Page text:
1 contract.

The Second Book

While I was pursuing a publisher, I was finishing up a second novel. After the first book was published, I sent the publisher the manuscript for the second novel. We had worked so well together, and they had been very encouraging of my writing, so I was a bit surprised when they said they were not interested. This second book did not quite fit in with what they were looking for. And here I thought I’d finally made it. Which meant I was back to square one – searching for a publisher again, and collecting a new round of rejection letters.

Luckily, the process was not quite as long for a few reasons. First, I knew now which genre to start with which narrowed down the possible publishers. Secondly, I think the fact that I had one published work helped open a few doors; however, they did wonder why I wasn’t using the first publishing company so I had to try to explain that situation.


For my second book, An Unexpected Role, I went with a very small Christian publishing company. Working with this company was a completely different experience than the first. The editing process was much faster which meant the book would come out sooner, but it also made me nervous that mistakes wouldn’t be caught and concepts might not be explored. So, I sent the book to a few colleagues to review as well as to a professional editor.

I wanted as many people checking on this story as possible. In all, this book took 5 ½ years to write and get published but, this time, I only sent it to 17 publishers until it found a home. I have a third novel finished that took a much shorter time to write and am once again trying to find a home for it. I’m sure the experience with this work will be unique as well.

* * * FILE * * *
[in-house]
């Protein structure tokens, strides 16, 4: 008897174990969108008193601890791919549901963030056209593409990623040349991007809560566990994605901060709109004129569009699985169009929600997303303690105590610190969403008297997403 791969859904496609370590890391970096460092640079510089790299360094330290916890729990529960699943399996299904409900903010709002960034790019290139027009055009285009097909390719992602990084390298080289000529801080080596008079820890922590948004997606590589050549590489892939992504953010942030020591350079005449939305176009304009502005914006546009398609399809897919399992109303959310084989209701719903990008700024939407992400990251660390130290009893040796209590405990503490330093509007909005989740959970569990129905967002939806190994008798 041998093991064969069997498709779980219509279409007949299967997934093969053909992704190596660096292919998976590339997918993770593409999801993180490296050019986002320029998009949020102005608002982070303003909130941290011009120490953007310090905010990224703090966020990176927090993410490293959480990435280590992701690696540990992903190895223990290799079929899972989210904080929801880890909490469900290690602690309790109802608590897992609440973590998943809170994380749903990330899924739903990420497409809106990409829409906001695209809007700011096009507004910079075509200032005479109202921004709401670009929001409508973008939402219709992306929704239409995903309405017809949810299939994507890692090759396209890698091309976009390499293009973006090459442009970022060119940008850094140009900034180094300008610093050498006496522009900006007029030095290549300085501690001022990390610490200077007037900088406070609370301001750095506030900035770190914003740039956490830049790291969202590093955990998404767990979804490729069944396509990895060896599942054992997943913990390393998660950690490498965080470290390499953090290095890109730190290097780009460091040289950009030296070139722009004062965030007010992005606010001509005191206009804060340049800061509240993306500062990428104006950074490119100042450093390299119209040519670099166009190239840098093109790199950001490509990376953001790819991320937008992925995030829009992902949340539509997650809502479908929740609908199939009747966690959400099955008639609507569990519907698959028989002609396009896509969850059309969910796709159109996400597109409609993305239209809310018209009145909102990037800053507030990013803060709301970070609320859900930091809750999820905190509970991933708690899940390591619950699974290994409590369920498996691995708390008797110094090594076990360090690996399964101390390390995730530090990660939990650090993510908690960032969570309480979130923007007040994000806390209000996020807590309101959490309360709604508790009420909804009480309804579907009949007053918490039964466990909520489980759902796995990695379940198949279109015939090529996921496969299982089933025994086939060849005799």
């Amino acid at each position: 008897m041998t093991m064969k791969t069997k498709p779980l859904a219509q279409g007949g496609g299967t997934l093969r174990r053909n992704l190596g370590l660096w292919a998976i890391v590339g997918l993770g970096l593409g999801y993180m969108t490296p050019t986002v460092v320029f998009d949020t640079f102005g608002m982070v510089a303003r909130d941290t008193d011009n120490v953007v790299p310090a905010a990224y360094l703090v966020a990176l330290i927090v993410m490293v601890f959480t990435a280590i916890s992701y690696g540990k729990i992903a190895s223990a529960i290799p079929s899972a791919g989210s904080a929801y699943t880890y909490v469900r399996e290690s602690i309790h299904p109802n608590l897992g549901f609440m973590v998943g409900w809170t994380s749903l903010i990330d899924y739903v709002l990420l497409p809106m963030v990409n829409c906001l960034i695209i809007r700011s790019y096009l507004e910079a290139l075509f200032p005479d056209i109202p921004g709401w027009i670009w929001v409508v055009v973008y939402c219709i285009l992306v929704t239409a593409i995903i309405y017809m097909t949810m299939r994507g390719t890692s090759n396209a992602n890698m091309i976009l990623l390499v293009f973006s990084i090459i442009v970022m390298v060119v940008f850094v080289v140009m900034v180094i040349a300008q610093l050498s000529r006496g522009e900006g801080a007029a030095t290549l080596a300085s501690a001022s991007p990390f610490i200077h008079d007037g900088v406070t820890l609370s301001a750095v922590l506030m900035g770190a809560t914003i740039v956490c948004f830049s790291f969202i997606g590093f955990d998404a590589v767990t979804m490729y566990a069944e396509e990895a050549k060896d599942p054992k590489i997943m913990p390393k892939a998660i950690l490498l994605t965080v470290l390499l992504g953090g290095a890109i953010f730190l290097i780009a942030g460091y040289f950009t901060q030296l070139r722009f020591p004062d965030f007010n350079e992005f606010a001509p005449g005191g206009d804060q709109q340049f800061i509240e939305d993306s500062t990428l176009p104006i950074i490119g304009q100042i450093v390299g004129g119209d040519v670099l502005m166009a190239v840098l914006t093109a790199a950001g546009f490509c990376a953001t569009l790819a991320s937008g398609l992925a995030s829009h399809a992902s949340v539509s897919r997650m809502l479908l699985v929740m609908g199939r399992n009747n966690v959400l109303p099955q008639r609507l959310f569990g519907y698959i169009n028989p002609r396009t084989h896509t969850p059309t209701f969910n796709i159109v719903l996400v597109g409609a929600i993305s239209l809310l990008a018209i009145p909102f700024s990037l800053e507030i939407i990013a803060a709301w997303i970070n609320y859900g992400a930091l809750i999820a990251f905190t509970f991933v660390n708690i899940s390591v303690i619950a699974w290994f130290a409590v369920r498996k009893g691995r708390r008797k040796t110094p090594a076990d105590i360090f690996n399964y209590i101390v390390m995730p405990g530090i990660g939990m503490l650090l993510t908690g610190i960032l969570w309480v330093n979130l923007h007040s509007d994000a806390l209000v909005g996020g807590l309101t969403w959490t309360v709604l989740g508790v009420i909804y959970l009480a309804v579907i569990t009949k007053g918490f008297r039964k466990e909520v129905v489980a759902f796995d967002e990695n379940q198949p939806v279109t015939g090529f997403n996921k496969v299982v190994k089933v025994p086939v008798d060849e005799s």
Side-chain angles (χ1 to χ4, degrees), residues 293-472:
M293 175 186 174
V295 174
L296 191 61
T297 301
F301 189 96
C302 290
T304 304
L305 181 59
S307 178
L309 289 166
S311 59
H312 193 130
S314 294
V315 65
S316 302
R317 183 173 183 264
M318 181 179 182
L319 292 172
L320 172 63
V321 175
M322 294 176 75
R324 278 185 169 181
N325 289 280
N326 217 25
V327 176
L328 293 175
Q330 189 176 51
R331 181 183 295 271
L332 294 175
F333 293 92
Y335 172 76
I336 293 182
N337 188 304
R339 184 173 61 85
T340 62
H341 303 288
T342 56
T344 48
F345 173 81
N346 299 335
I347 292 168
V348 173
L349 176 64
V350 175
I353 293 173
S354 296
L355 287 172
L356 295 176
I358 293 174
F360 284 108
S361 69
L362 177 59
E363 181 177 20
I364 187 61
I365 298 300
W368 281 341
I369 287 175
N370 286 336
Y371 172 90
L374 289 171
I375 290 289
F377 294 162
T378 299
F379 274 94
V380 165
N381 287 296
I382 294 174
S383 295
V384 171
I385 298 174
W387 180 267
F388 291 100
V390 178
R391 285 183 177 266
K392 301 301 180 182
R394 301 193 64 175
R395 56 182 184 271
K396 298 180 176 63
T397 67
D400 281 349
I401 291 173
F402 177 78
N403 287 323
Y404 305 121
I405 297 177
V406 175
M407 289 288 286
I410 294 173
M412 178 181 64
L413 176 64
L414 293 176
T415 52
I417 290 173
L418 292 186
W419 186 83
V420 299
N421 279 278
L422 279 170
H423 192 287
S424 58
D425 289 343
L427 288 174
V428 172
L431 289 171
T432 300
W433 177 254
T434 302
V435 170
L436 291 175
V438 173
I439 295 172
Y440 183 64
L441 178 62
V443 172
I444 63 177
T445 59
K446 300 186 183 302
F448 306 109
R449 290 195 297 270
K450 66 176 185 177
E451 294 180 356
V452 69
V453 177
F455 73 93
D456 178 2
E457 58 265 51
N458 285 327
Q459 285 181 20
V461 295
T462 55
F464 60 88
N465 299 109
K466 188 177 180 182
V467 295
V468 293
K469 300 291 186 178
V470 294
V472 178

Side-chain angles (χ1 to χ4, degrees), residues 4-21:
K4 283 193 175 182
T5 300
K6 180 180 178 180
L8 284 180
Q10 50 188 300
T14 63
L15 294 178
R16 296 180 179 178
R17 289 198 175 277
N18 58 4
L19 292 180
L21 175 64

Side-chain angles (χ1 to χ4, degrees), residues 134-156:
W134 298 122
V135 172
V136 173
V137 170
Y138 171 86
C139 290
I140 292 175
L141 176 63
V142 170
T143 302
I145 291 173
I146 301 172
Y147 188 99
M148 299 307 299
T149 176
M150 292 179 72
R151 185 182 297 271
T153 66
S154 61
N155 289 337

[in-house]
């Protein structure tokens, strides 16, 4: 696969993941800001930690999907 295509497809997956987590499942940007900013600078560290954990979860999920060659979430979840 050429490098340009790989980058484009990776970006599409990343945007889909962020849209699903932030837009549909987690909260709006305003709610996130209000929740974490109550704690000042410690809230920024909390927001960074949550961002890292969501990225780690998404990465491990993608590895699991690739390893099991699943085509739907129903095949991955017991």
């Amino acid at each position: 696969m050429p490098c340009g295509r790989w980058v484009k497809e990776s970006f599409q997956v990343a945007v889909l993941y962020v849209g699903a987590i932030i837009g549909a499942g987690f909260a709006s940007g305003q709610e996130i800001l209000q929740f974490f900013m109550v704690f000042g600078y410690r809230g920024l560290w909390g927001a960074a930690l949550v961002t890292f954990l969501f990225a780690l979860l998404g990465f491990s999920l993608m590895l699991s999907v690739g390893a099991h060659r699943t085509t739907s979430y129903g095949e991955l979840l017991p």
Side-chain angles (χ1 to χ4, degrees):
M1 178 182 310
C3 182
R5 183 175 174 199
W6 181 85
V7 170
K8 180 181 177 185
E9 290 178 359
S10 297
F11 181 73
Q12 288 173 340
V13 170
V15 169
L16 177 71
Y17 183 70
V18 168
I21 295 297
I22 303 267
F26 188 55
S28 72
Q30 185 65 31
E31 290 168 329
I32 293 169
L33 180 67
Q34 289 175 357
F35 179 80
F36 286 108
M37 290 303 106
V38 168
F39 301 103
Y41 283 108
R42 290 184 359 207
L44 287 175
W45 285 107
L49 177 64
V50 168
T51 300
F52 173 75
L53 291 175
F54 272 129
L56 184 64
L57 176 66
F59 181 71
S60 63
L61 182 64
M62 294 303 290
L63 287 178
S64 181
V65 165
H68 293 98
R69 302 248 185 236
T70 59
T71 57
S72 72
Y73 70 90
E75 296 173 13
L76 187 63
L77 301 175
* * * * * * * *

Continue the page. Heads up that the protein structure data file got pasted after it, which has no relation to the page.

Traditional Publishing and Marketing

An Unexpected RoleEven though I knew through conferences I had attended that marketing usually fell on the shoulders of the author I was a still surprised by how much time it actually takes. I had set up social media accounts and created a website before my first book came out but it took a long time to realize marketing was never going away. Once I understood this and began doing just a little bit every day it became manageable and I didn’t dread it as much. Having all this set up made life much easier when the second book came out.

What Every Aspiring Author Should Know

Becoming a published author can be a long, time-consuming process, but if you really have a vision and have a story to share keep persevering. Be willing to listen to feedback and possibly make changes to improve the novel, sometimes a change in genre or point of view can make a difference. Sometimes the second book you write is the one that opens doors. Don’t pursue a career in writing to become rich or famous. Pursue it because it is your passion.

Want to Be the Next Featured Writer?

Send an email to brandy at 40daywriter dot com with the title of your published book and Writer’s Showcase in the heading. I’ll be happy to speak to you about that possibility.